• The workload in this class was manageable. (Another Likert-style question.)

I can’t recall whether text answers were automatically included or optional or whether I suggested them or what. But my form also had space for textual answers.

Some issues to consider

Time/workload

Since I ended with the time questions, they seem like a good place to start my reflections on what I’ve learned from my EOCEs.

The distribution of work was about what I’d expect.

  • 20% of respondents (5/25) said they spent 4–6 hours per week.
  • 52% of respondents (13/25) said they spent 7–9 hours per week.
  • 8% of respondents (2/25) said they spent 10–12 hours per week.
  • 20% of respondents (5/25) said they spent 12+ hours per week.

In terms of the College’s goal of having my class require about twelve hours per week, I seem to be doing well. It would be better if everyone fell into the 7–9 range, but we will always have some outliers. In terms of keeping student’s workload reasonable, I’m doing less well. I’m concerned about those five students who are spending more than twelve hours per week. It would be good to know why. It would be better to know how I can help. It would also be nice to know what made things quicker for those on the low end. I don’t think they are all students with prior experience, so what skills did they employ to keep the workload short?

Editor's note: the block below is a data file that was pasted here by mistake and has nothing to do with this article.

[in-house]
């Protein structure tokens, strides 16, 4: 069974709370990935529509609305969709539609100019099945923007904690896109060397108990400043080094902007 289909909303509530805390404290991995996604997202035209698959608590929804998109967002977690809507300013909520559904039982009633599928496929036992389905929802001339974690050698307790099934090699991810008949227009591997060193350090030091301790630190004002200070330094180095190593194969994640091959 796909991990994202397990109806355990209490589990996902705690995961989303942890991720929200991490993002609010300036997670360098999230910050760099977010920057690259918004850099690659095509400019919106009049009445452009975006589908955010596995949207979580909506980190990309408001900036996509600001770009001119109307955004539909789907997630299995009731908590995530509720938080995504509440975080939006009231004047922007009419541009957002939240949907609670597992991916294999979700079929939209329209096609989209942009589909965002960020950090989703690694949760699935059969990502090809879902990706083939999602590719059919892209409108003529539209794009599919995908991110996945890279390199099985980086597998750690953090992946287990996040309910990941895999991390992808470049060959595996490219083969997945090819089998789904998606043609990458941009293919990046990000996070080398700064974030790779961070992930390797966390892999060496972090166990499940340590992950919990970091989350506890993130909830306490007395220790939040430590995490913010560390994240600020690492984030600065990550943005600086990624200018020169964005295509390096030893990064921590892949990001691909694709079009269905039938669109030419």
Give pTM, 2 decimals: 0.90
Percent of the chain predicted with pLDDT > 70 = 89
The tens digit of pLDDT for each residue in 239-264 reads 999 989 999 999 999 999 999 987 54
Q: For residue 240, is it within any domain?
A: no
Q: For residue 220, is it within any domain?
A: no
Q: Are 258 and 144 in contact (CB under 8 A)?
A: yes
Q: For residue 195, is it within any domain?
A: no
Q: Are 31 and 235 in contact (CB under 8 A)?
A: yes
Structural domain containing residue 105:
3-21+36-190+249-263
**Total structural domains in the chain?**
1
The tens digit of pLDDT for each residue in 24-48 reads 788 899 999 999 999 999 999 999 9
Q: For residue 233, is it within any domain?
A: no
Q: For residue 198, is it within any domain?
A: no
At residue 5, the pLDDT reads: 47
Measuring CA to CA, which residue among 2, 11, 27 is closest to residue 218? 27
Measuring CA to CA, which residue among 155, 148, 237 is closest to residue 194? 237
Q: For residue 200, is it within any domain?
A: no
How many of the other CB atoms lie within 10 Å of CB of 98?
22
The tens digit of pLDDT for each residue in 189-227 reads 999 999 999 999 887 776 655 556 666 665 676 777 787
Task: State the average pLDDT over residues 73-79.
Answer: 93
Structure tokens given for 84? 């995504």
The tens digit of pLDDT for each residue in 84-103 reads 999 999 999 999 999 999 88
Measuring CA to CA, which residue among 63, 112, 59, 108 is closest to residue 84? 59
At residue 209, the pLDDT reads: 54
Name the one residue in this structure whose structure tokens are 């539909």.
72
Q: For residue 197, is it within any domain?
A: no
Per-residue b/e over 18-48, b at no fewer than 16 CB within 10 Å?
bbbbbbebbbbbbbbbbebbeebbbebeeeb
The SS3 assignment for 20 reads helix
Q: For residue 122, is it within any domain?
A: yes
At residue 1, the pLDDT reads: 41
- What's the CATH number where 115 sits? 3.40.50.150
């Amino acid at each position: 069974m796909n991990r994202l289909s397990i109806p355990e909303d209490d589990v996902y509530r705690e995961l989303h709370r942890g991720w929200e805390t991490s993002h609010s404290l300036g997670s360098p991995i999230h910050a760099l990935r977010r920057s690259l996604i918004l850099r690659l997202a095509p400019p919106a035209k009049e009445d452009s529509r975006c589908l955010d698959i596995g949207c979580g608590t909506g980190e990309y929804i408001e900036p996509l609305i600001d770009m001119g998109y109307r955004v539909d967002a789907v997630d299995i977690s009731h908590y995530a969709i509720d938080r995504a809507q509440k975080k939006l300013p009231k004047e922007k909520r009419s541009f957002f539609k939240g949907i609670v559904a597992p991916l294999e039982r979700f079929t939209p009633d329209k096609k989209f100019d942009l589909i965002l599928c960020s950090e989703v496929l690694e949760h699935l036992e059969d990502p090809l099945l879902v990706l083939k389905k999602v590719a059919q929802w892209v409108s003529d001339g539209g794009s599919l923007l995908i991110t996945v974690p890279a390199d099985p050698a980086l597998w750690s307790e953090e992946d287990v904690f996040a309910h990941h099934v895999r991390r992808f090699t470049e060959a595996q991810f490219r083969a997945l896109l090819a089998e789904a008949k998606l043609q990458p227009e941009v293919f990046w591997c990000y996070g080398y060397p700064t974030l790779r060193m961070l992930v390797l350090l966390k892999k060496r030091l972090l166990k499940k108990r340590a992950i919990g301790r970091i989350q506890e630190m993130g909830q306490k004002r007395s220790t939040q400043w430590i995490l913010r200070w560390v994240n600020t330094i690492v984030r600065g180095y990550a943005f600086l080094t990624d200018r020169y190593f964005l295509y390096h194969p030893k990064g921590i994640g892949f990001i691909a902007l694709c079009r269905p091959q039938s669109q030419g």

How can I help those who are taking too much time? I can pay more attention to who they are. I require students to do a post-reflection on each homework assignment (mini-project) and I could offer tips to those who take longer. Or I could ask them directly what made it take so long. I know from elsewhere on the form that some students were reluctant to ask questions. I also know that students are more efficient when they ask questions. So I should encourage students to ask questions.

Let me see what else I can learn from the other answers those students gave.

  • One did not provide any textual feedback.
  • Another identifies the mini-projects as the issue. Notes some stress from the 10:00 p.m. deadlines [10]. Notes some stress that they took longer than the time estimates. Perhaps I should drop those.
  • A third noted that the pre-reflection and post-reflection took extra time. Noted that they had other issues that may make them slower in general.
  • A fourth Also identified the mini-projects as the primary issue. Also disliked the time estimates. Noted that English is not their native language, which causes some work to take longer.
  • The fifth observed that they didn’t always do the reading questions (or, more precisely, that they didn’t always have time to do the reading questions).

Hmmm … What about the two students who reported 10–12 hours?

  • One eports spending about seven hours per mini-project and one hour per reading. Also reports having prior experience with CS [9].
  • The other writes: MPs definitely tilted the scale a lot. I could’ve probably spent less time on them with better habits, but those habits are surprisingly hard to just adopt.

It appears that eliminating the estimated time would be helpful. I had intended the estimated times as a tool; students who were taking more should reach out for help. But that’s not how students are taking them. And my estimates are not always good.